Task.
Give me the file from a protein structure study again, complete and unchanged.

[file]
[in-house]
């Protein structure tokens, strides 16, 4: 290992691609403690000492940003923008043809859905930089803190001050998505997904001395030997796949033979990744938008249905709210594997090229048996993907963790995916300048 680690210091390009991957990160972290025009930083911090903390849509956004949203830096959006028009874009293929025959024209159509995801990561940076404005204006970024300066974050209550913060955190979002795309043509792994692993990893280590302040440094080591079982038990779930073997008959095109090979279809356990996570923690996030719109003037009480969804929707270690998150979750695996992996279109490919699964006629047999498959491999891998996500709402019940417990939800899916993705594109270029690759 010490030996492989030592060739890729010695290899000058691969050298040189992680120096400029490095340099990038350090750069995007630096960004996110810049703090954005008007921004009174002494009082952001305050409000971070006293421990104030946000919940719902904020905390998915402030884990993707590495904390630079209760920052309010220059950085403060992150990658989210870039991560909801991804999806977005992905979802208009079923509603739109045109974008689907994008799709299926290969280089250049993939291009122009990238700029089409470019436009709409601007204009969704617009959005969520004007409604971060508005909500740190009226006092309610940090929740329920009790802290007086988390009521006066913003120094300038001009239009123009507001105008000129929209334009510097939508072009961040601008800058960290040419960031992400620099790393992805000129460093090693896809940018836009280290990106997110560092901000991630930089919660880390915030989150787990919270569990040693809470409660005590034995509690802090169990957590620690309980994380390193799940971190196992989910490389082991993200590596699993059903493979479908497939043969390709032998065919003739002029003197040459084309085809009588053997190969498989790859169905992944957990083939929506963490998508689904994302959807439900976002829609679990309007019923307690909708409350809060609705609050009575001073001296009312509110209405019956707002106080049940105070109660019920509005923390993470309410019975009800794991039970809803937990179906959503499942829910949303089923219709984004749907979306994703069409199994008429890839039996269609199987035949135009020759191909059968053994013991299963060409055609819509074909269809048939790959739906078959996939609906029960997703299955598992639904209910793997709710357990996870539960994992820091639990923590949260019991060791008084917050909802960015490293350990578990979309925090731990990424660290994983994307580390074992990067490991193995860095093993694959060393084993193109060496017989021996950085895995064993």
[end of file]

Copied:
[in-house]
């Protein structure tokens, strides 16, 4: 290992691609403690000492940003923008043809859905930089803190001050998505997904001395030997796949033979990744938008249905709210594997090229048996993907963790995916300048 680690210091390009991957990160972290025009930083911090903390849509956004949203830096959006028009874009293929025959024209159509995801990561940076404005204006970024300066974050209550913060955190979002795309043509792994692993990893280590302040440094080591079982038990779930073997008959095109090979279809356990996570923690996030719109003037009480969804929707270690998150979750695996992996279109490919699964006629047999498959491999891998996500709402019940417990939800899916993705594109270029690759 010490030996492989030592060739890729010695290899000058691969050298040189992680120096400029490095340099990038350090750069995007630096960004996110810049703090954005008007921004009174002494009082952001305050409000971070006293421990104030946000919940719902904020905390998915402030884990993707590495904390630079209760920052309010220059950085403060992150990658989210870039991560909801991804999806977005992905979802208009079923509603739109045109974008689907994008799709299926290969280089250049993939291009122009990238700029089409470019436009709409601007204009969704617009959005969520004007409604971060508005909500740190009226006092309610940090929740329920009790802290007086988390009521006066913003120094300038001009239009123009507001105008000129929209334009510097939508072009961040601008800058960290040419960031992400620099790393992805000129460093090693896809940018836009280290990106997110560092901000991630930089919660880390915030989150787990919270569990040693809470409660005590034995509690802090169990957590620690309980994380390193799940971190196992989910490389082991993200590596699993059903493979479908497939043969390709032998065919003739002029003197040459084309085809009588053997190969498989790859169905992944957990083939929506963490998508689904994302959807439900976002829609679990309007019923307690909708409350809060609705609050009575001073001296009312509110209405019956707002106080049940105070109660019920509005923390993470309410019975009800794991039970809803937990179906959503499942829910949303089923219709984004749907979306994703069409199994008429890839039996269609199987035949135009020759191909059968053994013991299963060409055609819509074909269809048939790959739906078959996939609906029960997703299955598992639904209910793997709710357990996870539960994992820091639990923590949260019991060791008084917050909802960015490293350990578990979309925090731990990424660290994983994307580390074992990067490991193995860095093993694959060393084993193109060496017989021996950085895995064993």